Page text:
CANCUN, Mexico -- When Gabriela Dabrowski and Erin Routliffe first became a team back in August, things didn’t go so swimmingly.
Playing tournaments in Montreal, Cincinnati and Cleveland, they won four matches and lost three. And yet, the losses were close, and they weren’t playing their best tennis. It gave them hope, but they needed to clear the air.
“We had another really tough loss in the Cleveland semis, where we learned a lot about each other in that loss, as uncomfortable as it was,” Dabrowski said before the GNP Seguros WTA Finals Cancun began. “And then we were able to talk about it, talked with our coaching teams. And they were basically like how do you support each other unconditionally? How do you like to be supported in those tense moments?
“And it was just very open and honest dialogue as to what you need when you’re not playing your best tennis on the court. How can your partner help you in those moments?”
Routliffe added: “When you’re under emotional distress, there’s things that you don’t want to hear. It’s not like either one of us was doing it intentionally, but you never want to make your partner angry or more upset -- because we’re already agitated.”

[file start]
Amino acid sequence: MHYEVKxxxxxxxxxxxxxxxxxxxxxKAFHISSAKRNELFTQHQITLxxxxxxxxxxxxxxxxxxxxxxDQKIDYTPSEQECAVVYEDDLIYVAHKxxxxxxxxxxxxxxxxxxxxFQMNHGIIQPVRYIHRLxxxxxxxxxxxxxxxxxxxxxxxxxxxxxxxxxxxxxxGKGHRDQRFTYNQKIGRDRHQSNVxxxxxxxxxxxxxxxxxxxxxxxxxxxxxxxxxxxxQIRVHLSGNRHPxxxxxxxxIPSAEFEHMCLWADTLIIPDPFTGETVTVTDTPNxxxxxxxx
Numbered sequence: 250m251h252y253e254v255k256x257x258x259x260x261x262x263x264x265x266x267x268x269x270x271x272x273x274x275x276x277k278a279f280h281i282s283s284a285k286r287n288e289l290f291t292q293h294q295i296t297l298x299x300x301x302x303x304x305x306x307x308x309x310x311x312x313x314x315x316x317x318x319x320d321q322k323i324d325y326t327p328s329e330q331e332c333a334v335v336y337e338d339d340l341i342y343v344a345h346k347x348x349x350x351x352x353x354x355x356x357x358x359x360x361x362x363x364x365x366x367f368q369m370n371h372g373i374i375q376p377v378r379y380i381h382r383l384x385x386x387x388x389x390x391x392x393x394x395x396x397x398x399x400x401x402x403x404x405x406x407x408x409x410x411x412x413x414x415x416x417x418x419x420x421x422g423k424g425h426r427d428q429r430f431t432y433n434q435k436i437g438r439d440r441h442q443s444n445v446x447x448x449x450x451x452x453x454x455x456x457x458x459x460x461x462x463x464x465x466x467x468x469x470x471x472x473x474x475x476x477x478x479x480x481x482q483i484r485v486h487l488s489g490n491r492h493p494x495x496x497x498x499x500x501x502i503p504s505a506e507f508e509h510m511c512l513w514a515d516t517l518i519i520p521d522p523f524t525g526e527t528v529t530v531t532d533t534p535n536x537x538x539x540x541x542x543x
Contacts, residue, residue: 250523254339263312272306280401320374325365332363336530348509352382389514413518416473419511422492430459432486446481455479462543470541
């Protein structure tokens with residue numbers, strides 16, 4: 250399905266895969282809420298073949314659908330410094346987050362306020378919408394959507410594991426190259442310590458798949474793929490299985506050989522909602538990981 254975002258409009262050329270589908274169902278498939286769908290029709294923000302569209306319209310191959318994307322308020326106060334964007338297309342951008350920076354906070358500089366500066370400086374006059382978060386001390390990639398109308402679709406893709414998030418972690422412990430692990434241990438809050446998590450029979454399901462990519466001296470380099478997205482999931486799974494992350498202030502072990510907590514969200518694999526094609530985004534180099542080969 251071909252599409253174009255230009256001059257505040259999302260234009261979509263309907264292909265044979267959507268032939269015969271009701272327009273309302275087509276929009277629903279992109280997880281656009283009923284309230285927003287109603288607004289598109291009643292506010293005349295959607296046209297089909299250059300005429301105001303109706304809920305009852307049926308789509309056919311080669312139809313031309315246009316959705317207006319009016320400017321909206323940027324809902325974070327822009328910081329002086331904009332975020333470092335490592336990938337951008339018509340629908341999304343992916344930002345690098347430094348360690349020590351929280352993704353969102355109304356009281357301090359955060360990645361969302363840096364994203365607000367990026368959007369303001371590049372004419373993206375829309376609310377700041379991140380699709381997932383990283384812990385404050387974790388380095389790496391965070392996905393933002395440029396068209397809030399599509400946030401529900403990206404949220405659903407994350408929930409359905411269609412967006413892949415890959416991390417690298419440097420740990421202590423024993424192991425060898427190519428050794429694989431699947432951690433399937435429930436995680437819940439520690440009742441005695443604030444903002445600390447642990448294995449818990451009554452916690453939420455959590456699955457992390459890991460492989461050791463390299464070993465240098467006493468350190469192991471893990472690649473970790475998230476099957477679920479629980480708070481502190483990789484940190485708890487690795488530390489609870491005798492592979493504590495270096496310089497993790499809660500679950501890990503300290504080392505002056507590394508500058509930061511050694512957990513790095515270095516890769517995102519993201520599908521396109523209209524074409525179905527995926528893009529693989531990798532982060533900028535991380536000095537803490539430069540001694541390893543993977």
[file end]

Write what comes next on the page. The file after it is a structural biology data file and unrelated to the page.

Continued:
That heart-to-heart made all the difference. In only their fourth tournament together, they won all six of their matches at the US Open on the way to the title -- and a healthy helping of history. Dabrowski became the first Canadian woman to win a major doubles title, while Routliffe was the first from New Zealand to win the US Open.
It comes down to chemistry
Within the most individual of sports -- a discipline whose physical and emotional demands can be extraordinary -- doubles is the polar opposite. It’s about teamwork, personal sacrifice, problem-solving together. There’s an undeniable strength in numbers, of course, but as in any relationship some unique challenges as well. There’s someone to share the glory, but also to absorb the blame when things go sideways.
Doubles teams, like snowflakes, are all inherently different. Some are formed early, based on their country of origin. Others come from disparate backgrounds, find a connection and play together for years. And then there are the so-called doubles specialists who have mastered their craft and move fluidly from partnership to partnership.
The eight teams assembled at the WTA Finals fit all of these diverse descriptions. Coco Gauff, Jessica Pegula and Barbora Krejcikova are all ranked among the Top 11 in singles, and two are major champions. In the next tier are Elise Mertens, Katerina Siniakova and Laura Siegemund, all Top 100 players. And then there are four players who aren’t ranked at all in singles -- yet here they are.
The 16 doubles players in Cancun come from 10 different countries: the United States (4), Czech Republic (2), Japan (2) and Australia (2) have the most. The average age is just over 29, but Vera Zvonareva is 39 and Gauff is only 19.
In doubles, it doesn’t matter. It comes down to chemistry. All teams have the same goal. In a sport where nothing is permanent, try to build something valuable, a structure of synergy. Matching personalities, not to mention global schedules, turns out to be something of an art form.